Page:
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Decarbonisation of the mining sector underway

Exxaro has embraced the need to transition its business model and decarbonise and build resilience to the impact of climate change. We believe a “Just Energy Transition” for South Africa must address present and historical inequality, creates jobs, reduce poverty, restore our biodiversity and to build resilience against physical risks of climate change, and most importantly, ensure that no one is left behind.

There is a common misconception that the mining sector cannot conduct environmental stewardship, but Exxaro has proven otherwise, argues Abel Sakhau, environment and climate change manager.

Climate change is undoubtedly one of the defining global challenges of our generation. It is disrupting national economies, weather patterns are becoming extreme and livelihoods, especially of the most vulnerable, are threatened. We are experiencing a growing trend where investment community and banking institutions are reviewing their financial support for fossil fuel assets.

Through their Nationally Determined Contribution (NDCs), governments are committing to reducing global greenhouse gas emissions to limit the temperature increase to well below 2°C, preferably to 1.5°C by 2030.

The Covid-19 pandemic may have stalled national plans to tackle climate change and reduce emissions. As such, the COP26 summit in Glasgow 2021 brought parties together to accelerate action towards the goals of the Paris Agreement and the UN Framework Convention on Climate Change.

To deliver on the Paris Agreement, the global economy needs to shift to low carbon technologies in the mining, energy, transportation and agricultural sectors. Companies, banks, insurers, and investors must adjust their investment strategies and business models to develop and implement credible plans to transition to a net-zero carbon economy.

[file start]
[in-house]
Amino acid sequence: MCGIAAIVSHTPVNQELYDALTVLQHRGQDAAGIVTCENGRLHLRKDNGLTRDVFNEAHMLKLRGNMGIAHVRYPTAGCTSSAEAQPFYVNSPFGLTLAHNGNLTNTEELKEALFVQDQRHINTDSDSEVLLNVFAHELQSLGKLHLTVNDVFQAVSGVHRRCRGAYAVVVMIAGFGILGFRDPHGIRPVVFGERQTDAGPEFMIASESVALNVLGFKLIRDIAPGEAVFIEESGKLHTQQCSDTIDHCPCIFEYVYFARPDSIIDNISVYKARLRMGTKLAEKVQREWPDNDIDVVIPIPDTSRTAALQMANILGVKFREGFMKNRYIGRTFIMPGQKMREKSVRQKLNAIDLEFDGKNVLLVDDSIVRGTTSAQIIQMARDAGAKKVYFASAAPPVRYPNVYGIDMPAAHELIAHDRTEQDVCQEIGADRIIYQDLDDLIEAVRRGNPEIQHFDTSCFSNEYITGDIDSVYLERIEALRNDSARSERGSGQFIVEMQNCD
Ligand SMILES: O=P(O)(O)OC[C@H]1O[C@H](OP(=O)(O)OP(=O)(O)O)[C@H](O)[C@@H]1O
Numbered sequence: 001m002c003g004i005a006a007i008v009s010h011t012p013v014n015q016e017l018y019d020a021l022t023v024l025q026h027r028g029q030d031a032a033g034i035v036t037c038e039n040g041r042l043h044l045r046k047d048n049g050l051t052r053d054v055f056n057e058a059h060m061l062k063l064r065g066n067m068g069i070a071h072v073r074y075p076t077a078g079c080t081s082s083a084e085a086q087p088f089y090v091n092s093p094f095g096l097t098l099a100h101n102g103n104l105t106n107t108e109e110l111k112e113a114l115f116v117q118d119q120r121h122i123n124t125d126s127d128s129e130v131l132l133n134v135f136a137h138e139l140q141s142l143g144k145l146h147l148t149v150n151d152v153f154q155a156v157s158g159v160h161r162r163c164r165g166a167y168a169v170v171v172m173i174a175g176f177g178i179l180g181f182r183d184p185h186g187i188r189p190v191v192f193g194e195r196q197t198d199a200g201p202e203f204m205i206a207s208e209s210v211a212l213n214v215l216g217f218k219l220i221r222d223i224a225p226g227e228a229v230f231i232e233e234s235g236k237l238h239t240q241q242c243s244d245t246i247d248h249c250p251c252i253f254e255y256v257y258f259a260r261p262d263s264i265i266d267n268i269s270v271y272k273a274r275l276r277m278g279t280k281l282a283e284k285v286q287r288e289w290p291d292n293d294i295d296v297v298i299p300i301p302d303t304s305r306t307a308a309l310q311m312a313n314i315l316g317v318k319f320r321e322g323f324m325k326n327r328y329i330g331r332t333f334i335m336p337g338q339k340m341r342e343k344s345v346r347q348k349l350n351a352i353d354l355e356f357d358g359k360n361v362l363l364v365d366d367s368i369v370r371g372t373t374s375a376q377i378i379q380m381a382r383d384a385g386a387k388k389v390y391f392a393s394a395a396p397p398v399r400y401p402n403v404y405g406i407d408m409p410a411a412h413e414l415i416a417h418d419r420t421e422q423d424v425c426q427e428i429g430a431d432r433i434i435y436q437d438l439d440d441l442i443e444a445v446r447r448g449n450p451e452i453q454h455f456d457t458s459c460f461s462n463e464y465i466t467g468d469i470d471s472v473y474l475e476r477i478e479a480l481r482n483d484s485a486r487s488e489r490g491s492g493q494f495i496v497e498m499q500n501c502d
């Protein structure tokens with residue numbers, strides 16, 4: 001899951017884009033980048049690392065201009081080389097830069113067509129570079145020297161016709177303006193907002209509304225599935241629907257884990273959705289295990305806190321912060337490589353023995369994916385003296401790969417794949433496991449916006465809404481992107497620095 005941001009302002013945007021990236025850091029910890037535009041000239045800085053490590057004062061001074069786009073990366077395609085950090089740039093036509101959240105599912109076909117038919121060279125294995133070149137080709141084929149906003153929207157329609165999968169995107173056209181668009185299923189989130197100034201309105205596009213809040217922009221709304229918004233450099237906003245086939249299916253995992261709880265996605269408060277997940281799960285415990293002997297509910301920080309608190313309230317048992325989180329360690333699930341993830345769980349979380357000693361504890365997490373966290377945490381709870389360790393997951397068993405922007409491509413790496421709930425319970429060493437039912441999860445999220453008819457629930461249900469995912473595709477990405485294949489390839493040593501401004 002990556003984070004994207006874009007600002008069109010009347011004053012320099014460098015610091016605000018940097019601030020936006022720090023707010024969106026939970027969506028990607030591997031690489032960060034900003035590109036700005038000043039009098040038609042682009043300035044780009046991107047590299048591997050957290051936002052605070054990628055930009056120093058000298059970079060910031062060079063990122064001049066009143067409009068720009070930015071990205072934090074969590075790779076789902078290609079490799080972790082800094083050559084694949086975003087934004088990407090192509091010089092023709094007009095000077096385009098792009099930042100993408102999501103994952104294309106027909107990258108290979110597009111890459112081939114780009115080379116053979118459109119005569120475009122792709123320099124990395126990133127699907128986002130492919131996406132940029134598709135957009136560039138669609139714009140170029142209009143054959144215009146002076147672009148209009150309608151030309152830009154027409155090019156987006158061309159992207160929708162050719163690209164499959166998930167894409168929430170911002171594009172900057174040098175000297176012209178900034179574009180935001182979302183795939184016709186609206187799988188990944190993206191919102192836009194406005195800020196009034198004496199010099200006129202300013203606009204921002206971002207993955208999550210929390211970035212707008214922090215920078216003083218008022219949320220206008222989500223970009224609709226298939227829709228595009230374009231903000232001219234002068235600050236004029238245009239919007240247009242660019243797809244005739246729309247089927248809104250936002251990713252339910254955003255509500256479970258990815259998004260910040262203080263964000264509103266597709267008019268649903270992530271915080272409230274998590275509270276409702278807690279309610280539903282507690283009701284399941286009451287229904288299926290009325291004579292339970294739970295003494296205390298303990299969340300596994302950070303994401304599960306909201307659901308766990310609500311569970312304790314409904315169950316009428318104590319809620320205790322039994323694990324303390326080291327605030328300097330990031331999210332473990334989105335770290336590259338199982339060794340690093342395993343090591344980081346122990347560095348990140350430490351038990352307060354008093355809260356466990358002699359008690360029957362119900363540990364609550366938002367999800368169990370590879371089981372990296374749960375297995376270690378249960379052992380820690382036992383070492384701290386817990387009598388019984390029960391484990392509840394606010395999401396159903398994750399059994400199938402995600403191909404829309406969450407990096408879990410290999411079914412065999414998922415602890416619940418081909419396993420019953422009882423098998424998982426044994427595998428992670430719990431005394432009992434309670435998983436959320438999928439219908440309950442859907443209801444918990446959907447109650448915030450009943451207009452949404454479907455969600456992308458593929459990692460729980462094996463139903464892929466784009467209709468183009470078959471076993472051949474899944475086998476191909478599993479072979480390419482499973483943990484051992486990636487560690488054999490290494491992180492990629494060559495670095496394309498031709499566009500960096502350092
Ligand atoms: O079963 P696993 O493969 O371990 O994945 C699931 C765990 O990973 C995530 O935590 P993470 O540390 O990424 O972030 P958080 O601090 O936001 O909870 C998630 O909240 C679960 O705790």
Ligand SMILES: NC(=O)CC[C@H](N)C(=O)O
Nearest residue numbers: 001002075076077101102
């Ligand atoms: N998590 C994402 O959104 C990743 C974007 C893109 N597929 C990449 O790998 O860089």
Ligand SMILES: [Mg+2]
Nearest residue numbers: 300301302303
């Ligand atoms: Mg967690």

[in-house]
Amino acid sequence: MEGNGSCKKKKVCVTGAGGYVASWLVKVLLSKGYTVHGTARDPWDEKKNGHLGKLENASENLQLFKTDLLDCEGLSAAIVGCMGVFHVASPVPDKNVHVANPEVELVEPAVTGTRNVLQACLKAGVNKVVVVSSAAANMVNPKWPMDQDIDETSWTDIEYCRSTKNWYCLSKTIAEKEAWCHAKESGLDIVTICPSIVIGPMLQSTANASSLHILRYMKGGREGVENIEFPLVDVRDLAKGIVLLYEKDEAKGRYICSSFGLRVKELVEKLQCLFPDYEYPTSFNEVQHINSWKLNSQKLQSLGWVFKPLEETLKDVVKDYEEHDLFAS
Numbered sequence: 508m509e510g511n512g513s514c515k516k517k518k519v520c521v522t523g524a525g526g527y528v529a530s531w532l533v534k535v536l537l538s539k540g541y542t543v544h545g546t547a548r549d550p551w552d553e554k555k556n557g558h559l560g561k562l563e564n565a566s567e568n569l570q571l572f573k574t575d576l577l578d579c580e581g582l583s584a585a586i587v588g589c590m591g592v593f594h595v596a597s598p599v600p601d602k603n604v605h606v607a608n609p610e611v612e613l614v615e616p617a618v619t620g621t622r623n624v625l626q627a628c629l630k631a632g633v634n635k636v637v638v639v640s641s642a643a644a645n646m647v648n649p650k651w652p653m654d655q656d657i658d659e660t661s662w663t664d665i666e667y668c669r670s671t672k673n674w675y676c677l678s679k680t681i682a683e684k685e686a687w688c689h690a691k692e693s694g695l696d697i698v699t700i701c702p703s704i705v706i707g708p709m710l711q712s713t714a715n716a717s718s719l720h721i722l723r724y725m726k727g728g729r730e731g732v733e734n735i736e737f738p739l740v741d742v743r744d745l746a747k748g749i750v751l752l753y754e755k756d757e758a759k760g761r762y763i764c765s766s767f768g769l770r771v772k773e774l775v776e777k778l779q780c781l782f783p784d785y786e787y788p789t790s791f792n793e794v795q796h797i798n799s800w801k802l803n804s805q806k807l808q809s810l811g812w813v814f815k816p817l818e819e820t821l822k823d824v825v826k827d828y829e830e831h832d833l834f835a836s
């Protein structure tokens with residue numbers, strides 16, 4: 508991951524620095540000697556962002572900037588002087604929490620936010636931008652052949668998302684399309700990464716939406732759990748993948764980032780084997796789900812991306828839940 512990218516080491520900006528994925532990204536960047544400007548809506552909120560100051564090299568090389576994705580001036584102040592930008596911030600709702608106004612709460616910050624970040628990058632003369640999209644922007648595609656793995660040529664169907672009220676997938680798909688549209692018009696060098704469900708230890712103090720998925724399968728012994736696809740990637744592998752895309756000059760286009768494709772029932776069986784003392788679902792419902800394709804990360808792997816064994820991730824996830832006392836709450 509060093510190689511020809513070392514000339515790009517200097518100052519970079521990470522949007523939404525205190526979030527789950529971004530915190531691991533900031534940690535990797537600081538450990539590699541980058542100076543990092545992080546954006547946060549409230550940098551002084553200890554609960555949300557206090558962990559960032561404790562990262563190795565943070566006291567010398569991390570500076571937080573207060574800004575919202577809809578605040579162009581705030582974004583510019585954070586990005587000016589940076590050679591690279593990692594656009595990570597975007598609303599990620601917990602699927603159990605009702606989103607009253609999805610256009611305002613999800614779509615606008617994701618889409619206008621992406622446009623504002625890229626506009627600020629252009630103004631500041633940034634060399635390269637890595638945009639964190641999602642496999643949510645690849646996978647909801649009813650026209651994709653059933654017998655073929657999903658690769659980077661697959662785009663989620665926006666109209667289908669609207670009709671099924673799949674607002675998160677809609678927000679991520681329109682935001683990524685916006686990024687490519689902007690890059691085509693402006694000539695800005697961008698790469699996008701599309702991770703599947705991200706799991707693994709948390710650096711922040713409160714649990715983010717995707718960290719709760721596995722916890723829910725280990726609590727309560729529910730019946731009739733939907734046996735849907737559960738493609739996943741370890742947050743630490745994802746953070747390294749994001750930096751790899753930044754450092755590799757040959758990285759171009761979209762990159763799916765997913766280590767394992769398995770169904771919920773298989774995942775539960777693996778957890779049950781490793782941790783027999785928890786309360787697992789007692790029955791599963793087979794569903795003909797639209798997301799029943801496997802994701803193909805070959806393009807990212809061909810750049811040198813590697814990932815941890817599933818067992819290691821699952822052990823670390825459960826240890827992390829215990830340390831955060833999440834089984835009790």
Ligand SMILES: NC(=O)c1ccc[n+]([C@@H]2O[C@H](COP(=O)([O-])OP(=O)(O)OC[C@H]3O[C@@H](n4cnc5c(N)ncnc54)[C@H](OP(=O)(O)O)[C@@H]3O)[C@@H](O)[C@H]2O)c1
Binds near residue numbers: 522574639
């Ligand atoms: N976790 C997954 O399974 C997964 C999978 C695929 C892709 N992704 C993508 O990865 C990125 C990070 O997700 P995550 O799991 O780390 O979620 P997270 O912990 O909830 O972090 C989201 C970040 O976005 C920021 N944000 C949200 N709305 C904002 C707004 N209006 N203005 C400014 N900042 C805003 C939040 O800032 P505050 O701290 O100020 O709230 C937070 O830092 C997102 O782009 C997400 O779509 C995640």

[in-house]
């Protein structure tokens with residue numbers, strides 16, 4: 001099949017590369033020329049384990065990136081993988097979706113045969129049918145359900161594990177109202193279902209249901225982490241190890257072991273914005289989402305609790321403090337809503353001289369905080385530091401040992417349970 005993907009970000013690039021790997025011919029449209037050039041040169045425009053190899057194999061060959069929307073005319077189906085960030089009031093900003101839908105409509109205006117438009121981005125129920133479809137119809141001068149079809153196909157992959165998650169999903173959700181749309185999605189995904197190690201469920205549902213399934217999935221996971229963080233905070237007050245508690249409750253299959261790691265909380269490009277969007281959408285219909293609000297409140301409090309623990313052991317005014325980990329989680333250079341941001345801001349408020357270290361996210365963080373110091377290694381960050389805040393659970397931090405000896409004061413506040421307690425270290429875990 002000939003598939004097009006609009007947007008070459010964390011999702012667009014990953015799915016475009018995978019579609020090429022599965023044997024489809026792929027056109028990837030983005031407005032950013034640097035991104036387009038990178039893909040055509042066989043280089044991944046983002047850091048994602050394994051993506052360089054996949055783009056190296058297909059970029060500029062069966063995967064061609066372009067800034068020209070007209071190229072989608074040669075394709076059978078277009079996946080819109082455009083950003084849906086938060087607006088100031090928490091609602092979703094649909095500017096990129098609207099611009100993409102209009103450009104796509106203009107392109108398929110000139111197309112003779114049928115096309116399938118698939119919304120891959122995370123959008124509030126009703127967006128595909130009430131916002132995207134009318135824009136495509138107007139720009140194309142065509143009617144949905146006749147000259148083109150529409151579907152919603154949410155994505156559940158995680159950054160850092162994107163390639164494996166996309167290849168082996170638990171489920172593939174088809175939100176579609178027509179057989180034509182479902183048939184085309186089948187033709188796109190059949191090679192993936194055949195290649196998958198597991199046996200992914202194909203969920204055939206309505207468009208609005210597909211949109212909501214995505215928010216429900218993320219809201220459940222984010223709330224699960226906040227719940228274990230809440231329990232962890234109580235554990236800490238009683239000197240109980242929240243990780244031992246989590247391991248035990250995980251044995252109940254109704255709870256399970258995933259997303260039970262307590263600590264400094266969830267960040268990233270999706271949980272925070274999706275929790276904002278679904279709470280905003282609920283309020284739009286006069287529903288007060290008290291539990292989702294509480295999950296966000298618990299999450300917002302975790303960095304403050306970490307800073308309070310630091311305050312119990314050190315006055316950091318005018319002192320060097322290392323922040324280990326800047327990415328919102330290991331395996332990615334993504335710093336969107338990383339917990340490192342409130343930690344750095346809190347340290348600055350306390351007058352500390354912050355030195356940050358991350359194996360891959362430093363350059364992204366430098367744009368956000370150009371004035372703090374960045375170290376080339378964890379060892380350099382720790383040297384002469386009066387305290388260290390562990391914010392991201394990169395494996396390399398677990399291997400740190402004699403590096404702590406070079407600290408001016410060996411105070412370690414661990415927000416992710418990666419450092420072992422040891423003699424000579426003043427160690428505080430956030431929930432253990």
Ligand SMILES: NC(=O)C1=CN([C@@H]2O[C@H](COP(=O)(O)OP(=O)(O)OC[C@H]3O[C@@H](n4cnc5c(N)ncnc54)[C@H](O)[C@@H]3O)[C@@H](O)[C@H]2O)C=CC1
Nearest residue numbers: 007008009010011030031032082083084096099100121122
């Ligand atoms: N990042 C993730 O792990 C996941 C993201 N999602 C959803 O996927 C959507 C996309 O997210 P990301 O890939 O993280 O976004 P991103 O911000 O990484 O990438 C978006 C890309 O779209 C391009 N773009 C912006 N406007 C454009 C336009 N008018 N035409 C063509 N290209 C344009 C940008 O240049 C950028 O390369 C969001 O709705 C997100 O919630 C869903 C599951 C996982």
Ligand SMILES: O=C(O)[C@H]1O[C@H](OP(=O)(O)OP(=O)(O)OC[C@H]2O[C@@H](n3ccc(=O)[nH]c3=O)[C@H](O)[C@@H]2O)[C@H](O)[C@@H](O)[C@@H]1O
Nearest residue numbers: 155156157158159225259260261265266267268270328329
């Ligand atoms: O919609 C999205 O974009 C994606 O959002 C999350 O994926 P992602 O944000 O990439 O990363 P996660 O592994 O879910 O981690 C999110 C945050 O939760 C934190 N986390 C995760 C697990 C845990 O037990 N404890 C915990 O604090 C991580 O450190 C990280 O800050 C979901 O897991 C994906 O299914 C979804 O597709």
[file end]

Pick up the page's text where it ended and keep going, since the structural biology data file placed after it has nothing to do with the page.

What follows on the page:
The mining sector has been facing pressure from governments, investors, and society to reduce carbon emissions as the world moves towards a low carbon future. Renewable energy is becoming an inexpensive source of electricity; many of the world’s carmakers are shifting to make only electric and hybrid models; countries around the world are starting important work to protect and restore biodiversity; cities, states and regions around the globe are also committing to the net-zero emissions target by 2050.

ccording to data from McKinsey, mining is cited as being responsible for 4% to 7% of scope 1 and 2 greenhouse gas (GHG) emissions globally. The mining industry is energy-intensive, using diesel and fossil fuel-generated electricity to drive scope 1 and 2 emissions.

Decarbonisation of the power sector and diesel mobile mining vehicles presents the mining sector with an opportunity to meet the net-zero target by 2050.

In 2017 South Africa had one of the most emissions-intensive power sectors, ranked 25 globally, and is therefore particularly vulnerable to the transitional risks of climate change.